Working on something now where we'll take a more holistic approach applying metrics similar to those on the social end.

  • http://thegeekgiant.com geekgiant

    Quick. Tell me how many people this post has reached on Twitter. How about Facebook?

    Now tell me the actual impact to ad revenue that (hypothetically in this case) means for this site?

    See, metrics, measurement and analytics are all about context. What is the business problem this solves? Without setting the context of defining what success looks like, you could be wasting a lot of time and money. Sure, measuring impact and reach are great but how does that translate to making your client more successful.

    And by successful I mean profitable ;)

  • http://rebeccaadenison.com Rebecca Denison

    I agree, but what does that really tell you? Is volume your goal? And why?

    It all can tie back to goals and objectives, we just have to learn to do it right away and not shy away from it.

  • http://rebeccaadenison.com Rebecca Denison

    Ha ha. Don't be sassy!

    I'm with you 100%. It's all about figuring out before you start what problem you intend to address and how you will define your success. I don't mean to insist we all have to track Twitter or Web analytics. If you simply want to increase followers for the sake of increasing followers, well, that's pretty easy to measure!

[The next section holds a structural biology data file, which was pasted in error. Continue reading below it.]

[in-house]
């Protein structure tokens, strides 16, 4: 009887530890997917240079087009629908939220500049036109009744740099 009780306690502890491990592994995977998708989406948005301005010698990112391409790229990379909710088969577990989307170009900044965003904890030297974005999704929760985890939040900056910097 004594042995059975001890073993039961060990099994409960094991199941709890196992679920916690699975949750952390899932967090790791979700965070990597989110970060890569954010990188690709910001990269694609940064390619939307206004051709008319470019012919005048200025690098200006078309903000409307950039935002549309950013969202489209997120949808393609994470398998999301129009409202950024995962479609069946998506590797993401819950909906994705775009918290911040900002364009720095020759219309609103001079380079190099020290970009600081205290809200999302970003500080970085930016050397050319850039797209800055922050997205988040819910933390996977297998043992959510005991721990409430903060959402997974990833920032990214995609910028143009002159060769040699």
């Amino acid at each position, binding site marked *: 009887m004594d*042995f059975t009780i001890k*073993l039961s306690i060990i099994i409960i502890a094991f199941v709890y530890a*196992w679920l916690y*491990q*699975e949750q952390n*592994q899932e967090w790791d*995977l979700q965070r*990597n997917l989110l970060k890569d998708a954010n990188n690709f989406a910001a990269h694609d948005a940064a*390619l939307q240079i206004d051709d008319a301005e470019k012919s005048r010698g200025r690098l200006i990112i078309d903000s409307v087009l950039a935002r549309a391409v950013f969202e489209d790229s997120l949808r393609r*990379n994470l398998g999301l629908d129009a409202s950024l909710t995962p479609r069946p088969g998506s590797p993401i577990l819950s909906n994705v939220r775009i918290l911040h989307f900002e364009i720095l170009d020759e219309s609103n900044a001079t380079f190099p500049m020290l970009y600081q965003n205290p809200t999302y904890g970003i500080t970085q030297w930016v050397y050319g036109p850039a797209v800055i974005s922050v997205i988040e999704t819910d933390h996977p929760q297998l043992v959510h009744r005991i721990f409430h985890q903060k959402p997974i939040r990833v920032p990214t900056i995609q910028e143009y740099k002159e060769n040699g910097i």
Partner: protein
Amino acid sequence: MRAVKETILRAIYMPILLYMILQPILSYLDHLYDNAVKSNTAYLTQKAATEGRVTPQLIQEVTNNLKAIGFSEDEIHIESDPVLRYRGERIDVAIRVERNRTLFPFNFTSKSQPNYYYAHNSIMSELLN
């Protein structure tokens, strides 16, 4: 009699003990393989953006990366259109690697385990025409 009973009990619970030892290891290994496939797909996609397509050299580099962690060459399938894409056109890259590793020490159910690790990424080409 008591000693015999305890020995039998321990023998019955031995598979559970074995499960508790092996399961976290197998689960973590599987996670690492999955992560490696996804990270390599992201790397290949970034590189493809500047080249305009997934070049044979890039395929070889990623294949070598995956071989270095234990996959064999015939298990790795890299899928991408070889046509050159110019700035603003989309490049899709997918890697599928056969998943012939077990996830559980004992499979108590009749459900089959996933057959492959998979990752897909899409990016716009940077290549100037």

I just mean that any tactic can have a measurable outcome if we just take the time to think it through beforehand.

  • http://twitter.com/framingyou Julian Lambertin

    I agree with waht you say.
    Having an extensive background in communication effects research & measurement I am always glad to hear others get creative about measurement.
    What we all have to keep in mind is that evaluation doesn't start nor end with visits, reach, etc.
    Too often we forget that we really have to start in the very beginning – although the goal can't be to adapt objectives to measurement but measure how objectives help us achieve goals.
    And that's why it's great to have everyone participate.

  • jeffespo

    It is all about addressing what is important to your organization.

    The old model of using ad equated value is BS. Conversation share is a metric that I think companies can use a lot more. Most times the marketing end talks in terms of wallet share. For PR it is all about the mind share.

    So the volume in comparison to the competition month over month will help show where you stack up against the competition.

  • http://rebeccaadenison.com Rebecca Denison

    You're absolutely right! Evaluation isn't that finite, and it should never be restricted to just one metric.

    I'm glad you bring up not adapting objectives to measurement because it's important to reach your goals without compromising, and they must realistically be able to achieve those goals!

  • Cindi

    Does anyone have any reporting examples they'd be willing to share? I am still using ad equated value because that's how it's been done and the board and leadership of my not-for-profit are used to seeing that type of report (plus, they can easily understand it). Does anyone have any success stories on switching an organization from ad value to another measurement? Thanks in advance!